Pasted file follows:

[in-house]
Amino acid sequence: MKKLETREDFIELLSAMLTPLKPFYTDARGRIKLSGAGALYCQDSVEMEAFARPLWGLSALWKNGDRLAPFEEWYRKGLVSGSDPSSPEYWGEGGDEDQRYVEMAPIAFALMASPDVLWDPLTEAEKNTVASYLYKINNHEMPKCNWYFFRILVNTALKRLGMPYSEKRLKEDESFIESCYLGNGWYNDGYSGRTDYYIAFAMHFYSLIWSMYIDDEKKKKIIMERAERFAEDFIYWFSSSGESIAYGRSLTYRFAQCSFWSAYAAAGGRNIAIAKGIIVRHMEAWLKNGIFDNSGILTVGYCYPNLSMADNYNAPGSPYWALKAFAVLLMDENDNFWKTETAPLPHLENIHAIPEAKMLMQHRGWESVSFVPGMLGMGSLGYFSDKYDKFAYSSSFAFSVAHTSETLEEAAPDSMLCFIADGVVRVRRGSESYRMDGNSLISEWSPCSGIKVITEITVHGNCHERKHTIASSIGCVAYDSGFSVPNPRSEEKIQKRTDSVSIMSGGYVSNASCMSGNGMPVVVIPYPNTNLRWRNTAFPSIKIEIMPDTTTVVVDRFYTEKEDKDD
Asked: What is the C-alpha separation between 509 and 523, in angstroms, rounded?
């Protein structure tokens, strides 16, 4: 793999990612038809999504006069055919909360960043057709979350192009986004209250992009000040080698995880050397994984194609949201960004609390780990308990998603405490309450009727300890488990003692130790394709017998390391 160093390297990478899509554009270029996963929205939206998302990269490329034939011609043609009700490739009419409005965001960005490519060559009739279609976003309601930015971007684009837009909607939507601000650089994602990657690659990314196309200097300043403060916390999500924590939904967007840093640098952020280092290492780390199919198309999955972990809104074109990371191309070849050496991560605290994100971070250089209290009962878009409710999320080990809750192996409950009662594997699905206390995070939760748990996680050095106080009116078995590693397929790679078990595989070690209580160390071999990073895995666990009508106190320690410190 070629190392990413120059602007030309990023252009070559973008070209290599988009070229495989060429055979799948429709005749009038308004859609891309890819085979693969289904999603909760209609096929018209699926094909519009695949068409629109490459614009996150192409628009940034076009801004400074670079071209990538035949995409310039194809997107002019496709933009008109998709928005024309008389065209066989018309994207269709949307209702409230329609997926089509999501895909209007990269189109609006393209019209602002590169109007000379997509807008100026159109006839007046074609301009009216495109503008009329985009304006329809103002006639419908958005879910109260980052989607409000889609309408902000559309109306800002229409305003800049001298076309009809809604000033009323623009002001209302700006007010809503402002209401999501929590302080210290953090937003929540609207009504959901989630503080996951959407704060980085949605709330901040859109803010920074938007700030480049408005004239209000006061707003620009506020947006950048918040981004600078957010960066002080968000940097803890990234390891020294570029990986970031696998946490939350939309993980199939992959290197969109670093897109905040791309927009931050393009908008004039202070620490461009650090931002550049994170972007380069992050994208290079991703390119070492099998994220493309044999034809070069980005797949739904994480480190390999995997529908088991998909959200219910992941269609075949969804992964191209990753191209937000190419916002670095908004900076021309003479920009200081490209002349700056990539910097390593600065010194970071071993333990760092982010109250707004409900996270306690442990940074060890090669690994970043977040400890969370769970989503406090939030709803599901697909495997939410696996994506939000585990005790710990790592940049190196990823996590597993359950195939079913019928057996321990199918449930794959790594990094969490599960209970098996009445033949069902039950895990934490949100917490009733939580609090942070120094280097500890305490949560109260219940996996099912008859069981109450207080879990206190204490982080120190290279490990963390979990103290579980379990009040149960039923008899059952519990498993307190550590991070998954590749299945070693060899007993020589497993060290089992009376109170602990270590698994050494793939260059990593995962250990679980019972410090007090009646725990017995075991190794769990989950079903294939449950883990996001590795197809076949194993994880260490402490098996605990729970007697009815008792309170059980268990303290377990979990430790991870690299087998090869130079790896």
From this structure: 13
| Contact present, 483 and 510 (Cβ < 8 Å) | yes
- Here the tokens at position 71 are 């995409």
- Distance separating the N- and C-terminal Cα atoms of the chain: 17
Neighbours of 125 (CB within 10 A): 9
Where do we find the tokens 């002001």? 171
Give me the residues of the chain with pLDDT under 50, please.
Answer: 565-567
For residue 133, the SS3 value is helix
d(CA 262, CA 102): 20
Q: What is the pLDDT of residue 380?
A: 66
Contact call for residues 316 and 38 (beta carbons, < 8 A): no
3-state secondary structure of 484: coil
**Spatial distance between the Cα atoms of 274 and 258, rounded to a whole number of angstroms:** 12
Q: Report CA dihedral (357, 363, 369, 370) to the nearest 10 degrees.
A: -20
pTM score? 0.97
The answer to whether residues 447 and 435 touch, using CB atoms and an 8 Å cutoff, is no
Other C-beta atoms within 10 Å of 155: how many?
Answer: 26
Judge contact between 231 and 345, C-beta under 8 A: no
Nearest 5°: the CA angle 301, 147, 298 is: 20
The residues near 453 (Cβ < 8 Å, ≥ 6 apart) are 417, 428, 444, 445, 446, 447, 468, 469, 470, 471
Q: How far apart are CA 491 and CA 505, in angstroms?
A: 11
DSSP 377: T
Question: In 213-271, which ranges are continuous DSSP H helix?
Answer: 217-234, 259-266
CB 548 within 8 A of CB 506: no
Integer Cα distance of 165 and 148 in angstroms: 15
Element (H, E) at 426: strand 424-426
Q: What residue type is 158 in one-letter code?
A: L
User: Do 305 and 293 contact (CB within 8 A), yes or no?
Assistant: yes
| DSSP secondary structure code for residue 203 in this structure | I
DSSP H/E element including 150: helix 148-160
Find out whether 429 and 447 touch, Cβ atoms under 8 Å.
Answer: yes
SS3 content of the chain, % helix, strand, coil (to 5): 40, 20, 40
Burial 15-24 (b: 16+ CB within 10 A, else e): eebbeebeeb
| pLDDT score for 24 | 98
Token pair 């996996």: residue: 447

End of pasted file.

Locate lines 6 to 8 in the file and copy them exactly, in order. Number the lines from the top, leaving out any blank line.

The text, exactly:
| Contact present, 483 and 510 (Cβ < 8 Å) | yes
- Here the tokens at position 71 are 């995409």
- Distance separating the N- and C-terminal Cα atoms of the chain: 17